“I’m hoping they used a lot of Blu-Tack,” Joel says.
I’m not in a position to confirm the anatomical accuracy of it, but anyone can graffiti a poster with texta, and Joel concurs that it is “a very impressive effort” that someone has gone to. “I’m very proud of that,” he says. “That took time and effort. I’m flattered. I hope they bought a ticket to the show as well…”
Speaking of the show, it’s worth chasing down what it is actually about.
“People say Naked is a ‘gay show’,” Joel says, “but it’s not. It’s relatable to everyone. It’s just that I’m so camp, people are always going to assume that. Which sometimes annoys me, because reviewers come to my show and call me ‘really gay’, and I don’t think they would go and see a woman comic and call her ‘really feminine’.”
That Joel’s camp persona is larger than life should come as no surprise. That’s what a camp persona essentially is. And while it will always be part of Joel’s comedic style – “I have very limp wrists throughout the entire performance, and my gay nasal twang is out in full force” – it doesn’t dictate the substance of the material. Party Animal, for example, was more ‘gay’, insofar as, since it was dealing with politics, it had to address the issue of single-sex marriage.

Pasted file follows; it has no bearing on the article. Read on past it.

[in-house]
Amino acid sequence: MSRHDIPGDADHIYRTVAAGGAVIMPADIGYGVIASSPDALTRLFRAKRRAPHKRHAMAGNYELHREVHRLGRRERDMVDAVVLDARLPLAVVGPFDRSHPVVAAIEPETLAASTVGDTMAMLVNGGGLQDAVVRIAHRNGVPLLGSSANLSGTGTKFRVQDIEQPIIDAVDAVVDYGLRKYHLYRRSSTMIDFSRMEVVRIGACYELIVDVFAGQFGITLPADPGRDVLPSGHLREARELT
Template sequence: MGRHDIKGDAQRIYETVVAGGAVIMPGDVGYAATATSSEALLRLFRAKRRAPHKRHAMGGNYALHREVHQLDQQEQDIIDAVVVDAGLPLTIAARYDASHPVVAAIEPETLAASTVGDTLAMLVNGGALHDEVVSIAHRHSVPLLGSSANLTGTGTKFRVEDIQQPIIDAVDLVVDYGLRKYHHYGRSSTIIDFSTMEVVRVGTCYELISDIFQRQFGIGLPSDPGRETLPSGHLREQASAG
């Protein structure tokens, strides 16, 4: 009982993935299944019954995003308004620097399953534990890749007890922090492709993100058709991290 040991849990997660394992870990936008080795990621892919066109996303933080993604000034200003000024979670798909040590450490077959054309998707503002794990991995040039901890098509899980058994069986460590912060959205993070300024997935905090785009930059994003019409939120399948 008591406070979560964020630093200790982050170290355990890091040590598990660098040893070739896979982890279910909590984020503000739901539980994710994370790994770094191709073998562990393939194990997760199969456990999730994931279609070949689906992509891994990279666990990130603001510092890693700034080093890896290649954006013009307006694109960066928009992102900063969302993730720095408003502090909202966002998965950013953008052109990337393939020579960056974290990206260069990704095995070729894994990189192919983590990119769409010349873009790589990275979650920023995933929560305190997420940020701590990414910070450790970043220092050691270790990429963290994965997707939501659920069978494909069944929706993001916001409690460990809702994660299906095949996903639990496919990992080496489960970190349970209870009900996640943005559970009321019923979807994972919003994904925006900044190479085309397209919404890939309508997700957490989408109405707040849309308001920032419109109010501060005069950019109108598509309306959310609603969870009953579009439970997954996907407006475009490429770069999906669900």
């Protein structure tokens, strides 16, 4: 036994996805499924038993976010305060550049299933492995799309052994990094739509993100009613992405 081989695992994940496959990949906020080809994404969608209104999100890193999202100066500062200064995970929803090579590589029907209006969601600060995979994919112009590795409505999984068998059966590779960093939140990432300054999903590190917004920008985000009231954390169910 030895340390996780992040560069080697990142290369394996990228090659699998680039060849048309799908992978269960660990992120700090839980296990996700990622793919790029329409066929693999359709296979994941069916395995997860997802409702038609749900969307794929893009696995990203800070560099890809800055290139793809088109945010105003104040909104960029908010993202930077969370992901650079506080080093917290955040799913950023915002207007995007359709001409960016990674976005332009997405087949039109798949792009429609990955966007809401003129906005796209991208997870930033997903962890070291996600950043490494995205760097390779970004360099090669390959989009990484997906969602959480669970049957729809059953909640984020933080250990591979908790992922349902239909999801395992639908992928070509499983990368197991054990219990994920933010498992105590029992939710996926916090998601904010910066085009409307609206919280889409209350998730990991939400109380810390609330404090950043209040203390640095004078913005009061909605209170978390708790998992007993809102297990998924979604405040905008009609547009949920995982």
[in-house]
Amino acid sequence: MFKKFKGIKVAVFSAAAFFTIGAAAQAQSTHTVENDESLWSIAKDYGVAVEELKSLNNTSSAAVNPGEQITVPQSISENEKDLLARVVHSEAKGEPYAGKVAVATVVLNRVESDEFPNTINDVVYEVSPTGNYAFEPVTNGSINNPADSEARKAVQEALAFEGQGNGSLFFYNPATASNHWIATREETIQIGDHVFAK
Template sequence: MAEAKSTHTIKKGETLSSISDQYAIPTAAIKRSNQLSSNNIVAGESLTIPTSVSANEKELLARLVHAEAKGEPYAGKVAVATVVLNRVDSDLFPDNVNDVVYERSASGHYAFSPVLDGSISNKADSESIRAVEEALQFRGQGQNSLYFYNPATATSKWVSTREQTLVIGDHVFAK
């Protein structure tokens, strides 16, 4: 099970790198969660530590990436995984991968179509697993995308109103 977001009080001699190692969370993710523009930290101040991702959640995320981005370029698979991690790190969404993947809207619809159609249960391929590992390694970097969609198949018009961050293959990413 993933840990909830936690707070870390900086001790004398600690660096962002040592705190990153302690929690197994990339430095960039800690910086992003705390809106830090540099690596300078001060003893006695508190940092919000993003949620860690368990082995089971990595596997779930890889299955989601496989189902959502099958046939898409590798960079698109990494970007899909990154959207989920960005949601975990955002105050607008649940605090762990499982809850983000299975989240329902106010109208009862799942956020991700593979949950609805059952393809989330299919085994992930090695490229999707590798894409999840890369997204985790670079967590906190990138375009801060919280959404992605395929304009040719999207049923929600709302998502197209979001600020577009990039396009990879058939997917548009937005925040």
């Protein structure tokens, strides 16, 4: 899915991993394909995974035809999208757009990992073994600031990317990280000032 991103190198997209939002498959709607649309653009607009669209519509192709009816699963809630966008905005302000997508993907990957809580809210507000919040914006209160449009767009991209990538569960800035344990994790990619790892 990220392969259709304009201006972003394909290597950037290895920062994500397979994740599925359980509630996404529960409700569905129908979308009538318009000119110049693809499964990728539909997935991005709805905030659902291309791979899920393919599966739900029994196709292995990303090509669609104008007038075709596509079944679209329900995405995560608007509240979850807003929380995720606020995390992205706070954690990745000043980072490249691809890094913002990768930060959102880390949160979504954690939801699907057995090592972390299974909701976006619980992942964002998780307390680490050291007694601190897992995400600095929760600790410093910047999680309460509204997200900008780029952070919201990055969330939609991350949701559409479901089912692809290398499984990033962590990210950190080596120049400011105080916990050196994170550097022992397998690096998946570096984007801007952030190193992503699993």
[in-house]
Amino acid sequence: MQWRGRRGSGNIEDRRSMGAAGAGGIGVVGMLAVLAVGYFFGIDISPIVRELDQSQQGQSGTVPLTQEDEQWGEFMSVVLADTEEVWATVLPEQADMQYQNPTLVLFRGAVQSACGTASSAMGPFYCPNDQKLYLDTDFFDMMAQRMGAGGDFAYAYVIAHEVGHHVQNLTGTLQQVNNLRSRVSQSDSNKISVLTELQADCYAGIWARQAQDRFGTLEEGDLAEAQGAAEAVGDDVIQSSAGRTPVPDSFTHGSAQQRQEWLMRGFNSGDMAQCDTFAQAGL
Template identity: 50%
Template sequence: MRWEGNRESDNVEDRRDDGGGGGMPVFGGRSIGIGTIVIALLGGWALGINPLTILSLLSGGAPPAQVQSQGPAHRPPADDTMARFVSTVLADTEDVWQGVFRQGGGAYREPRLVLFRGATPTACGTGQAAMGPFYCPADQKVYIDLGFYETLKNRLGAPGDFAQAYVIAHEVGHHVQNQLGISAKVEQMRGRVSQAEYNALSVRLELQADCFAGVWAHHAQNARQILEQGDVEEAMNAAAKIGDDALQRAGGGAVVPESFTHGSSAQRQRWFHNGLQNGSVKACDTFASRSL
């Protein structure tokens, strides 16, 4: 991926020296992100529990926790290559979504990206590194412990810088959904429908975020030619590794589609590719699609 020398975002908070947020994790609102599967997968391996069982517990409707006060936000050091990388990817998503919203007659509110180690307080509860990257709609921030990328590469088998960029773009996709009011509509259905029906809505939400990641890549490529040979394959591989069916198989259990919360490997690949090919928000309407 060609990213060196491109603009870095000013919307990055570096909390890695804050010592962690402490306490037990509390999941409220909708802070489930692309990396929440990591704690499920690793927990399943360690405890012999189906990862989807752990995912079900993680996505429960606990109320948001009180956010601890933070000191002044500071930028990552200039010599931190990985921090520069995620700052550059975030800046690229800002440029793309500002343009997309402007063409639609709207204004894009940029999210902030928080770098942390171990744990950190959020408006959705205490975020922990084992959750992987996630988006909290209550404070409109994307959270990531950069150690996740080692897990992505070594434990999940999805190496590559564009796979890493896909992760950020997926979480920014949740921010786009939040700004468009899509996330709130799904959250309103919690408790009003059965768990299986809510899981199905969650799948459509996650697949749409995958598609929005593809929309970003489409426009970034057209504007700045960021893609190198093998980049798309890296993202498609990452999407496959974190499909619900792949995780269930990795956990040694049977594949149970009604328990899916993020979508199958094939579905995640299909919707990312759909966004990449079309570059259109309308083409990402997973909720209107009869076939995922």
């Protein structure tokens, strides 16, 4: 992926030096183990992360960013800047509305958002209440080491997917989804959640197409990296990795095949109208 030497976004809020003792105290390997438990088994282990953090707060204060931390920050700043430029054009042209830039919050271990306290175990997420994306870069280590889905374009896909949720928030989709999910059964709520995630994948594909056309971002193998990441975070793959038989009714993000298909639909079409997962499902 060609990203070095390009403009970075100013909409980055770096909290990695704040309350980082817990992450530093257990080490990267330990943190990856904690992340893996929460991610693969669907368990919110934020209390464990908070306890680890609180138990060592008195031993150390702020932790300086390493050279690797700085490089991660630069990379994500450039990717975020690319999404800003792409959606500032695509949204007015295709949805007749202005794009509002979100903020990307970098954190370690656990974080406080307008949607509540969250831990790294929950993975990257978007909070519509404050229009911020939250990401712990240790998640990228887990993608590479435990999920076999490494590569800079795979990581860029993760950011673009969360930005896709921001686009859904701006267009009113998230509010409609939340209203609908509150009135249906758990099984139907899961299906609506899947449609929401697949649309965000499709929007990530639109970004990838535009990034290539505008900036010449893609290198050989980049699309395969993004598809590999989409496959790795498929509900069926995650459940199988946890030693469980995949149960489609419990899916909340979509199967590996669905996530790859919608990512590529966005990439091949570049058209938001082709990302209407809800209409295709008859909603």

Naked – a title devised “years ago” – is all about Joel. It consists of stories stretching from primary school to high school and involves “getting drunk and things that everyone does, not just gay guys.” Although, he adds, “we probably do get drunk more than most people…”
Furthermore, in the more pat description, Naked is “all about fears, secrets, nudity and Xena the Warrior Princess”. Since one of the secrets is that Joel’s “a mad fan of Xena the Warrior Princess – and not ashamed!” it’s easy to see why some reviewers will consider the show a bit ‘gay’.